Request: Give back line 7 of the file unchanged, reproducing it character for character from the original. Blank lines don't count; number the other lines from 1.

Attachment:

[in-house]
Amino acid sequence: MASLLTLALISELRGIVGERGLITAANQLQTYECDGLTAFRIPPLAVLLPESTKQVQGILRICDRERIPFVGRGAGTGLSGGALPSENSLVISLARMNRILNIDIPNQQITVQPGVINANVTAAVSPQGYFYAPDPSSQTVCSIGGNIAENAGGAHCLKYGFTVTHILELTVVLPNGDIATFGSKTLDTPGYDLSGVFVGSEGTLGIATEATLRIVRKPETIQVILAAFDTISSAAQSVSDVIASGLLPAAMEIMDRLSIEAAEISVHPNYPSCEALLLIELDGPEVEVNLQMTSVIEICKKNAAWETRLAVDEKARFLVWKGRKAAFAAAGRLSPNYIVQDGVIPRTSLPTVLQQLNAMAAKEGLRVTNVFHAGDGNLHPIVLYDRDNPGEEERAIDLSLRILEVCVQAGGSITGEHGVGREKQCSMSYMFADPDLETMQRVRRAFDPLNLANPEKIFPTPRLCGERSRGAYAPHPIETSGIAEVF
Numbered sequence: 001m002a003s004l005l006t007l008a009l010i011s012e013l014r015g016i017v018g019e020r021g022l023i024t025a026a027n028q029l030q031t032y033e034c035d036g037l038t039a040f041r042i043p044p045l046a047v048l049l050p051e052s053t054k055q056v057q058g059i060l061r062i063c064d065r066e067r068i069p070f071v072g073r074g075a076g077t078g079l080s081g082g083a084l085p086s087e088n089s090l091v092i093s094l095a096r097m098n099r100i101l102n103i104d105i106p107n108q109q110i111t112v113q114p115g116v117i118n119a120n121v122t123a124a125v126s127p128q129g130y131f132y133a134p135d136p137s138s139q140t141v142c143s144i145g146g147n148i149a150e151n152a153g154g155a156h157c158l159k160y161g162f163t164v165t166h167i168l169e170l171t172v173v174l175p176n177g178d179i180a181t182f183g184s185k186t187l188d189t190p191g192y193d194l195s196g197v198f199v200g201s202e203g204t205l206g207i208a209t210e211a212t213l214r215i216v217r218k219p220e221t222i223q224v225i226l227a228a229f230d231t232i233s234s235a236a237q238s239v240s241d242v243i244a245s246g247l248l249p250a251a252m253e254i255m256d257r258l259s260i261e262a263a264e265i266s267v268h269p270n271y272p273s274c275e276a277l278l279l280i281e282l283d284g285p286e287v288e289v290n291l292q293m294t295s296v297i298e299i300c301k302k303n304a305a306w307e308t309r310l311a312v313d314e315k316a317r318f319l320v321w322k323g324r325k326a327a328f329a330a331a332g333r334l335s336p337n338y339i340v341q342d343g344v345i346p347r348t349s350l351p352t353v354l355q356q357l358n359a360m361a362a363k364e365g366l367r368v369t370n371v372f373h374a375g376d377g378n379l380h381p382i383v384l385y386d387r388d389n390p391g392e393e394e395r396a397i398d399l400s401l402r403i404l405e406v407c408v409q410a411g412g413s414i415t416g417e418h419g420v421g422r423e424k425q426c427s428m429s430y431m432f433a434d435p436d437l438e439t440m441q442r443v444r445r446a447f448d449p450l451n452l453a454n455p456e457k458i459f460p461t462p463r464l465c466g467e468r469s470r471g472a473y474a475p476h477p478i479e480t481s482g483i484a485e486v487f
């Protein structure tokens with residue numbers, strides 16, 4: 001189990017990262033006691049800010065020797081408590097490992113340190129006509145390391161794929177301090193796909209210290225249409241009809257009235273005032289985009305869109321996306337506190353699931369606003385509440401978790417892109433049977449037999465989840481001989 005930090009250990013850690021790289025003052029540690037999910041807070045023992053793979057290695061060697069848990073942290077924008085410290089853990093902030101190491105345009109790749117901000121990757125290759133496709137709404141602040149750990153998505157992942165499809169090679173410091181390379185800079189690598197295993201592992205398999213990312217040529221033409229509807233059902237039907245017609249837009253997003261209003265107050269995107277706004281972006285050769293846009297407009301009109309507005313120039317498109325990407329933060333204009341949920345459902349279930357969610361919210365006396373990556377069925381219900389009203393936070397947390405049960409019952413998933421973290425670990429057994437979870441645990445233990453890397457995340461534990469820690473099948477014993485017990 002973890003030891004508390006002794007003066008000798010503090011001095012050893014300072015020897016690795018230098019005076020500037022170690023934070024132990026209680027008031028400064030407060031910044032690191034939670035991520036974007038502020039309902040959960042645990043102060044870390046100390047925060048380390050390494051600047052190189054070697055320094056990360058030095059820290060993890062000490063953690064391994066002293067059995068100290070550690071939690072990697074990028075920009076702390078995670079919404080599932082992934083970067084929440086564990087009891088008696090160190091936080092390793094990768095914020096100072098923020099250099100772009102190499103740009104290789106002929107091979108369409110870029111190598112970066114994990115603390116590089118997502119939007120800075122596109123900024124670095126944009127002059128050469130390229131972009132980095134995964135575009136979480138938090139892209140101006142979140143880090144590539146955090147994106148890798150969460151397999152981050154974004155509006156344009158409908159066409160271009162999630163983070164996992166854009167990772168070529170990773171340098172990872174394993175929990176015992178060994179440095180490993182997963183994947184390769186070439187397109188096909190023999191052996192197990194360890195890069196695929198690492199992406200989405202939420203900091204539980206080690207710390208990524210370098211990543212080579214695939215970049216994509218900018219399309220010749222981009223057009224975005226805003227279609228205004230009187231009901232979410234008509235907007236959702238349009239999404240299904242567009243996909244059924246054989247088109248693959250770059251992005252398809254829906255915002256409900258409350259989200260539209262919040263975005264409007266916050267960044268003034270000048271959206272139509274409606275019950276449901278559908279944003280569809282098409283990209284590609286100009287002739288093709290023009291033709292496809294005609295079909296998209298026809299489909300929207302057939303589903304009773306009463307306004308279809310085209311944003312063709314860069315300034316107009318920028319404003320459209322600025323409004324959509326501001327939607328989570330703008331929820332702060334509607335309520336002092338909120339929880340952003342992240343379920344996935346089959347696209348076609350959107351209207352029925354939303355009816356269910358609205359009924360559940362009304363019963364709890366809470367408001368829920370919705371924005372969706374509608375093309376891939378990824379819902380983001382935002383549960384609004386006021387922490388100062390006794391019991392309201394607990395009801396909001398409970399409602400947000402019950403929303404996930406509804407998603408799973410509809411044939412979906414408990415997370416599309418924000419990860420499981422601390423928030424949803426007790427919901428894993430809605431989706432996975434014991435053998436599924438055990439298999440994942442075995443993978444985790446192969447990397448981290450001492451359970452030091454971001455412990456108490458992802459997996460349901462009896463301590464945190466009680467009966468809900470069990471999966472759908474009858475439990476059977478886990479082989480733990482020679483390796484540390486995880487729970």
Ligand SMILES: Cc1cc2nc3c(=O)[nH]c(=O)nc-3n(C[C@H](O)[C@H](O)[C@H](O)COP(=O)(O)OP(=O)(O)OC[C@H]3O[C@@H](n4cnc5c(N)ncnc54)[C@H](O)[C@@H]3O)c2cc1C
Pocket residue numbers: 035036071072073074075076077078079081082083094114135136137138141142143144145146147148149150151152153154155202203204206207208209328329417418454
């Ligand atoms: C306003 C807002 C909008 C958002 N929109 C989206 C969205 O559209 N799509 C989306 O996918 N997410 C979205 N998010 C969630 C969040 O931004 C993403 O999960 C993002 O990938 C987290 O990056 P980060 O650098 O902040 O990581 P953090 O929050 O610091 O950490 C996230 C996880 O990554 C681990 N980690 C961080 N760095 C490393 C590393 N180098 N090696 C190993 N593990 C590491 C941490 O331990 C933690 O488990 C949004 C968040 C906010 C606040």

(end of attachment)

């Ligand atoms: C306003 C807002 C909008 C958002 N929109 C989206 C969205 O559209 N799509 C989306 O996918 N997410 C979205 N998010 C969630 C969040 O931004 C993403 O999960 C993002 O990938 C987290 O990056 P980060 O650098 O902040 O990581 P953090 O929050 O610091 O950490 C996230 C996880 O990554 C681990 N980690 C961080 N760095 C490393 C590393 N180098 N090696 C190993 N593990 C590491 C941490 O331990 C933690 O488990 C949004 C968040 C906010 C606040």